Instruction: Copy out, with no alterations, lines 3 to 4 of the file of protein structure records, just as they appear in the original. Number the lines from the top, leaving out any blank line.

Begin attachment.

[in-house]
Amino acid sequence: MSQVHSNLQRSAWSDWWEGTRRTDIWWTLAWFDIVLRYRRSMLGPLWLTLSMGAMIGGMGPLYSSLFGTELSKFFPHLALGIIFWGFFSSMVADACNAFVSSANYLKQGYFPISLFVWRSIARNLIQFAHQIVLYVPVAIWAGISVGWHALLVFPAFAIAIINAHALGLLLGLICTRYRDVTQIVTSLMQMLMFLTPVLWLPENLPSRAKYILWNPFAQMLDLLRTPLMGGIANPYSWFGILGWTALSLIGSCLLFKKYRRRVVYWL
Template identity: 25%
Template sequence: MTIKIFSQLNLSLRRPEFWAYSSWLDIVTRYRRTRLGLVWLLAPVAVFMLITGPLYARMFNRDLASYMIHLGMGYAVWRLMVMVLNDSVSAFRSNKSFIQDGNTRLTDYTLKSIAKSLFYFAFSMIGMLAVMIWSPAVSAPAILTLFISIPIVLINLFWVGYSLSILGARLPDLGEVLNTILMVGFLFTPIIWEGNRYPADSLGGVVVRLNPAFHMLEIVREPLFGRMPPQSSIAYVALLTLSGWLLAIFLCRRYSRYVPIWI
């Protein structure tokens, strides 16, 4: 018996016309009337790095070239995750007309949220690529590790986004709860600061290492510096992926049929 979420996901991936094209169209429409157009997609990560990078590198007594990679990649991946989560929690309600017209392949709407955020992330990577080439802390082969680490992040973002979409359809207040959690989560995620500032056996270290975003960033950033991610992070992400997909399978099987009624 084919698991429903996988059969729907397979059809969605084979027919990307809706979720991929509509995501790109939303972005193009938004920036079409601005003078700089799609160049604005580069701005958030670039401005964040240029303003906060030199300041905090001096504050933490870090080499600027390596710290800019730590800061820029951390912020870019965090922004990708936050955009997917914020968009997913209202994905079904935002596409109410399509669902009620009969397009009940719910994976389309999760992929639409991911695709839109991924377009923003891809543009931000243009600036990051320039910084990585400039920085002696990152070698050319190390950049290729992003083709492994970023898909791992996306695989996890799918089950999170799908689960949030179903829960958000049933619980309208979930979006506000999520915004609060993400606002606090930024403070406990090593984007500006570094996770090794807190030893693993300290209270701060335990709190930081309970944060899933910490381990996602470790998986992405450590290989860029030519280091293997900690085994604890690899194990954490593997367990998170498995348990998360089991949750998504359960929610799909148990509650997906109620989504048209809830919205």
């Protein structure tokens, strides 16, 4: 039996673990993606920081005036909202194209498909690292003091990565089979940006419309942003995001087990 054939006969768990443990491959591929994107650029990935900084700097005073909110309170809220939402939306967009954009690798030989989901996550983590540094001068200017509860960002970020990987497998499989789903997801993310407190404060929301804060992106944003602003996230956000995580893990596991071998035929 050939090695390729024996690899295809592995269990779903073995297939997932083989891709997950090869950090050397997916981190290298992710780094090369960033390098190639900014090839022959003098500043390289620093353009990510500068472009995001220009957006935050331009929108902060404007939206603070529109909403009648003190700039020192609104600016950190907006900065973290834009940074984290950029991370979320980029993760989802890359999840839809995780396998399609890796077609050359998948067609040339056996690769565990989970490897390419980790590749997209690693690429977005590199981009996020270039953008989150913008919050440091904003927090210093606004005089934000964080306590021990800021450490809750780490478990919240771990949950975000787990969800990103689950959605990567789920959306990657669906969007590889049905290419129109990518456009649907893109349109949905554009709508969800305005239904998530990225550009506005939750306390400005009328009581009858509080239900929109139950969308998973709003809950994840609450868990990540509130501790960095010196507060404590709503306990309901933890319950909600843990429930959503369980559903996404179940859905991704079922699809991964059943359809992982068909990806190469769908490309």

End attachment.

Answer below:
Template identity: 25%
Template sequence: MTIKIFSQLNLSLRRPEFWAYSSWLDIVTRYRRTRLGLVWLLAPVAVFMLITGPLYARMFNRDLASYMIHLGMGYAVWRLMVMVLNDSVSAFRSNKSFIQDGNTRLTDYTLKSIAKSLFYFAFSMIGMLAVMIWSPAVSAPAILTLFISIPIVLINLFWVGYSLSILGARLPDLGEVLNTILMVGFLFTPIIWEGNRYPADSLGGVVVRLNPAFHMLEIVREPLFGRMPPQSSIAYVALLTLSGWLLAIFLCRRYSRYVPIWI